Nerve growth factor restores the expression of vasopressin and vasoactive intestinal polypeptide in the suprachiasmatic nucleus of aged rats
ABSTRACT Aging leads to a decrease in the number of neurons expressing vasopressin (VP) and vasoactive intestinal polypeptide (VIP) in the suprachiasmatic nucleus (SCN) of the rat. Similar results were observed following prolonged alcohol consumption and withdrawal. In the latter circumstances, the administration of nerve growth factor (NGF) restored the synthesis and expression of those neuropeptides despite the absence of TrkA receptors in SCN neurons. Thus, we decided to test whether the administration of NGF would improve the expression of neuropeptides in the SCN of aged rats. For this purpose, NGF was delivered intraventricularly to aged rats over a period of 14 days. The somatic volume and the total number of VP- and VIP-immunostained SCN neurons were estimated by applying stereological methods. No age-related variations were found regarding the volume of the neuronal cell bodies. Yet, a striking reduction in the number of VP- and VIP-immunoreactive neurons was detected in aged animals and found to be completely retrieved by NGF. This finding shows that exogenous NGF administered to aged rats restores the neurochemical phenotype of the SCN. This might occur either through direct signaling of SCN neurons via p75NTR or through enhancement of the cholinergic input to the SCN.
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ABSTRACT: Neuropeptide Y (NPY)- and acetylcholine-containing interneurons of the nucleus accumbens (NAc) seem to play a major role in the rewarding effects of alcohol. This study investigated the relationship between chronic alcohol consumption and subsequent withdrawal and the expression of NPY and acetylcholine in the NAc, and the possible involvement of nerve growth factor (NGF) in mediating the effects of ethanol. Rats ingesting an aqueous ethanol solution over 6 months and rats subsequently deprived from ethanol during 2 months were used to estimate the total number and the somatic volume of NPY and cholinergic interneurons, and the numerical density of cholinergic varicosities in the NAc. The tissue content of choline acetyltransferase (ChAT) and catecholamines were also determined. The number of NPY interneurons increased during alcohol ingestion and returned to control values after withdrawal. Conversely, the number and the size of cholinergic interneurons, and the amount of ChAT were unchanged in ethanol-treated and withdrawn rats, but the density of cholinergic varicosities was reduced by 50% during alcohol consumption and by 64% after withdrawal. The concentrations of dopamine and norepinephrine were unchanged both during alcohol consumption and after withdrawal. The administration of NGF to withdrawn rats significantly increased the number of NPY-immunoreactive neurons, the size of cholinergic neurons and the density of cholinergic varicosities. Present data show that chronic alcohol consumption leads to long-lasting neuroadaptive changes of the cholinergic innervation of the NAc and suggest that the cholinergic system is a potential target for the development of therapeutic strategies in alcoholism and abstinence.Neurotoxicology and Teratology 07/2014; DOI:10.1016/j.ntt.2014.05.007 · 3.22 Impact Factor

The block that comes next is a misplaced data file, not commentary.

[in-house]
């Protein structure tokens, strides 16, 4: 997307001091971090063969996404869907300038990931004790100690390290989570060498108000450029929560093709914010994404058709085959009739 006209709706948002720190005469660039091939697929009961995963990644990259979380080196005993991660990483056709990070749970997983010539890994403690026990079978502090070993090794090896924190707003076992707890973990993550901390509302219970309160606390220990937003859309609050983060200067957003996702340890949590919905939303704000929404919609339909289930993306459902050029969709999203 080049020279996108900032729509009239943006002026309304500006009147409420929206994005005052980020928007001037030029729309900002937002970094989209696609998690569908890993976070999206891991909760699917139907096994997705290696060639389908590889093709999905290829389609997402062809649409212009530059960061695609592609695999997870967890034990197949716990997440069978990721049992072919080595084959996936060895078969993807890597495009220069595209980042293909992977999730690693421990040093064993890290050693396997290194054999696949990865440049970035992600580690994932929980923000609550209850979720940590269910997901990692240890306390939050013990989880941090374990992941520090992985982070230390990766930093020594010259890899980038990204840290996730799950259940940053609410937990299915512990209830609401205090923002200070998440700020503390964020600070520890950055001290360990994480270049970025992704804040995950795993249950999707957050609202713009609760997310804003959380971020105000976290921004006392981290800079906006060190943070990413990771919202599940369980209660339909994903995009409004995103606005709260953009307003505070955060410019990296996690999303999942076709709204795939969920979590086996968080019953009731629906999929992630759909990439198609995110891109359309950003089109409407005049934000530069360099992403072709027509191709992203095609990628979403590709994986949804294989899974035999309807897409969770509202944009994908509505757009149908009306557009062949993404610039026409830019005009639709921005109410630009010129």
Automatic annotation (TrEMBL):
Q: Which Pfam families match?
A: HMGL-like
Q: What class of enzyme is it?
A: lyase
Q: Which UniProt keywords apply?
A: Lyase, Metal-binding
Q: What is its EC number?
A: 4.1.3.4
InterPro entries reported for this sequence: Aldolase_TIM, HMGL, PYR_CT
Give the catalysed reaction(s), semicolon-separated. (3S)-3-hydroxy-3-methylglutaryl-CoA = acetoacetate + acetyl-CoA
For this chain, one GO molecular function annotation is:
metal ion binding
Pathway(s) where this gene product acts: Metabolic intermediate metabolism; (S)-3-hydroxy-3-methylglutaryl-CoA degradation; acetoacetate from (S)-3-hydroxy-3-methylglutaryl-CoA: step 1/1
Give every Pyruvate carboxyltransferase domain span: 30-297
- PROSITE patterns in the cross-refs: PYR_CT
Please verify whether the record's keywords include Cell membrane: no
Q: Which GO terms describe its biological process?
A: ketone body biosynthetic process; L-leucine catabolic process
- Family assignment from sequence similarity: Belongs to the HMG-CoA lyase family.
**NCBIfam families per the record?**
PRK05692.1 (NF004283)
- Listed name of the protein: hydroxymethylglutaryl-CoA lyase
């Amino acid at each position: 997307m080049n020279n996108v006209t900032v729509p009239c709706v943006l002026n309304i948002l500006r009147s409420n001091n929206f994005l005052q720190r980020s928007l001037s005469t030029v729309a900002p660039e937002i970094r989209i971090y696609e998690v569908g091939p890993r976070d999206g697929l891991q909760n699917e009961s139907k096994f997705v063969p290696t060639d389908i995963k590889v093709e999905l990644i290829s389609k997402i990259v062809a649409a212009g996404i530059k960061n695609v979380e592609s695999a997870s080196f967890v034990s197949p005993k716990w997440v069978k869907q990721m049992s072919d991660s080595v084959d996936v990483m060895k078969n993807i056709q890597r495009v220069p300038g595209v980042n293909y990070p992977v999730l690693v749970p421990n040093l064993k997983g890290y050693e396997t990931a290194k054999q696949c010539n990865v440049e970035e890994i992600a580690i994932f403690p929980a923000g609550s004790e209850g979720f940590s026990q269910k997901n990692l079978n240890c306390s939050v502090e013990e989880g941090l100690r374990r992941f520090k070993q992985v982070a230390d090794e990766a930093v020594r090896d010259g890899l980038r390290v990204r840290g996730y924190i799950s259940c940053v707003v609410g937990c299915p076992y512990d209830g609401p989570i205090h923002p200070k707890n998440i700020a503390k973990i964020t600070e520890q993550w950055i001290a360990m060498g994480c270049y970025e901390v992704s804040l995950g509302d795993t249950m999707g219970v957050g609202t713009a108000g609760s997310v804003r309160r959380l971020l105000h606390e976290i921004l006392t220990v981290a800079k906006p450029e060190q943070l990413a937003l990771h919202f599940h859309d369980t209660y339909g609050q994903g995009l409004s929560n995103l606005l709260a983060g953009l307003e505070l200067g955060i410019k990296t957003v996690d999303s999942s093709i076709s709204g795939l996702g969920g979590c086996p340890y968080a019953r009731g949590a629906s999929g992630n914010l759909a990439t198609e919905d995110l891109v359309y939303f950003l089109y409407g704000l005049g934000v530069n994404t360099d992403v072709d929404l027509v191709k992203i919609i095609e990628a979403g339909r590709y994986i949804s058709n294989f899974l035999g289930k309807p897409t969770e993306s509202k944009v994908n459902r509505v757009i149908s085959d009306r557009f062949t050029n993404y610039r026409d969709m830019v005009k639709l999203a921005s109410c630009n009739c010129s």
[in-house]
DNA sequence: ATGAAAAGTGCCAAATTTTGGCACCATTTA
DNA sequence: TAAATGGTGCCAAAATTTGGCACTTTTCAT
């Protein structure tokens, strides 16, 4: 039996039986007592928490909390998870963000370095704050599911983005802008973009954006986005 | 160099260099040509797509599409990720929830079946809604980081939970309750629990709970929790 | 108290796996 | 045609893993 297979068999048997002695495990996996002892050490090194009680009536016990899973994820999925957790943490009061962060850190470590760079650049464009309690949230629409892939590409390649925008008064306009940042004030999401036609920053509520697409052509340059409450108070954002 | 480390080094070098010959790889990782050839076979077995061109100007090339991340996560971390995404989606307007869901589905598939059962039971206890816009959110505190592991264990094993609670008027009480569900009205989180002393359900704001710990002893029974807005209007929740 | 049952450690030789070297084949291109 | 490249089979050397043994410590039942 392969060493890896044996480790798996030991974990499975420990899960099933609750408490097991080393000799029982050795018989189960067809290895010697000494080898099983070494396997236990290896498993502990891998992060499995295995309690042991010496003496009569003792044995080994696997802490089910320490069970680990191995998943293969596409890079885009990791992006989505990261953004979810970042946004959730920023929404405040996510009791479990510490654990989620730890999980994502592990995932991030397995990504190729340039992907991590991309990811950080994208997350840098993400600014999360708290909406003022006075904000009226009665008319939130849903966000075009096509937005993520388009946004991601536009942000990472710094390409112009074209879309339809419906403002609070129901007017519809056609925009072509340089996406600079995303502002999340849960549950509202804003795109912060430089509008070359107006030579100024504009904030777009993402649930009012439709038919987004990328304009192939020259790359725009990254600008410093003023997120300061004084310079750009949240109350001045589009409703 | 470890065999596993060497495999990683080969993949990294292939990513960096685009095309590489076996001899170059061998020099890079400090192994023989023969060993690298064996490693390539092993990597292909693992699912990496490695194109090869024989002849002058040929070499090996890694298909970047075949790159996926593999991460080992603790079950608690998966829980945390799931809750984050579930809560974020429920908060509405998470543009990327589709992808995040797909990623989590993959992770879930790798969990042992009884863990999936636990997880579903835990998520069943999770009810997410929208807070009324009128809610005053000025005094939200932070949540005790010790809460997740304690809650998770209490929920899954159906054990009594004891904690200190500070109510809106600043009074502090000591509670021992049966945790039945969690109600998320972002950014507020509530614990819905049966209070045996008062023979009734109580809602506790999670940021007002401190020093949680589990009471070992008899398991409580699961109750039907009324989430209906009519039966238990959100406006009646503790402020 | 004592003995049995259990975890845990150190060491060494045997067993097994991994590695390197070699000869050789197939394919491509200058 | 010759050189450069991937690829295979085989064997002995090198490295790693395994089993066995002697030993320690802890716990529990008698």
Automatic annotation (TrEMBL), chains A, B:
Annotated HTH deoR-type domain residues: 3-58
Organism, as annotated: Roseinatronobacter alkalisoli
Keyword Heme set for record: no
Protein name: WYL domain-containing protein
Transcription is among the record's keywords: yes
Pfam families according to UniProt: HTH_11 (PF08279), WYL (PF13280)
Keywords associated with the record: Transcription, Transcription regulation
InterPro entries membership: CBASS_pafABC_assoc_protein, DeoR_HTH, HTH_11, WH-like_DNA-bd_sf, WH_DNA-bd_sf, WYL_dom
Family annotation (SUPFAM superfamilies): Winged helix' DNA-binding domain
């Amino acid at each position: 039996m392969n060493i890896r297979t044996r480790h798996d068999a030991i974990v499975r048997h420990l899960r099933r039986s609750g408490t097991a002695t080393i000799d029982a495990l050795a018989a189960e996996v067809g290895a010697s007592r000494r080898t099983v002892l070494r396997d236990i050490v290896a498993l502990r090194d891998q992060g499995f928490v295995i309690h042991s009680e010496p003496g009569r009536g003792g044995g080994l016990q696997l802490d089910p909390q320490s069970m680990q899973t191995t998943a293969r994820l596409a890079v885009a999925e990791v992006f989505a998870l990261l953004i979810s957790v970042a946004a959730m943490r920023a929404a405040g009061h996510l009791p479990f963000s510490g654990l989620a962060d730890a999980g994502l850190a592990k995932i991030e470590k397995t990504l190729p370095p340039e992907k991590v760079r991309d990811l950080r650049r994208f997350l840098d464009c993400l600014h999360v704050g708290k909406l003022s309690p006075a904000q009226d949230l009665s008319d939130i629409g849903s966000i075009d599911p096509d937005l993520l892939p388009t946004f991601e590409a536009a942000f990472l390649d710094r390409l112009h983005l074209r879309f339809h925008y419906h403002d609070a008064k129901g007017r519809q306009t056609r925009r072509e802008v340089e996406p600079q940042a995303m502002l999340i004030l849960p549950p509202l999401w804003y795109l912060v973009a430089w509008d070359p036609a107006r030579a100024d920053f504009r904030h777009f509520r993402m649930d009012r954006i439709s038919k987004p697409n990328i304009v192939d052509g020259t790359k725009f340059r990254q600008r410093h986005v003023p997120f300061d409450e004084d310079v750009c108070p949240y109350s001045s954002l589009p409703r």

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ABSTRACT: The nerve growth factor (NGF) and other neurotrophins, and the neuropeptides vasoactive intestinal peptide (VIP) and pituitary adenylate cyclase-activating peptide (PACAP) are largely present in human tissue and can exert modulatory activities on nervous, endocrine and immune system functions. NGF, VIP and PACAP receptors are expressed systemically in organisms, and thus these mediators exhibit pleiotropic natures. The human immunodeficiency virus type 1 (HIV-1), the causal agent of the acquired immunodeficiency syndrome (AIDS), infects immune cells, and its replication is modulated by a number of endogenous factors that interact with HIV-1-infected cells. NGF, VIP and PACAP can also affect HIV-1 virus particle production upon binding to their receptors on the membranes of infected cells, which triggers cell signaling pathways that modify the HIV-1 replicative cycle. These molecules exert opposite effects on HIV-1 replication, as NGF and other neurotrophins enhance and VIP and PACAP reduce viral production in HIV-1-infected human primary macrophages. The understanding of AIDS pathogenesis should consider the mechanisms by which the replication of HIV-1, a pathogen that causes chronic morbidity, is influenced by neurotrophins, VIP and PACAP, i.e. molecules that exert a broad spectrum of physiological activities on the neuroimmunoendocrine axis. In this review, we will present the main effects of these two groups of mediators on the HIV-1 replicative cycle, as well as the mechanisms that underlie their abilities to modulate HIV-1 production in infected immune cells, and discuss the possible repercussion of the cross talk between NGF and both neuropeptides on the pathogenesis of HIV-1 infection. © 2014 S. Karger AG, Basel.NeuroImmunoModulation 03/2014; 21(5):268-282. DOI:10.1159/000357434 · 1.84 Impact Factor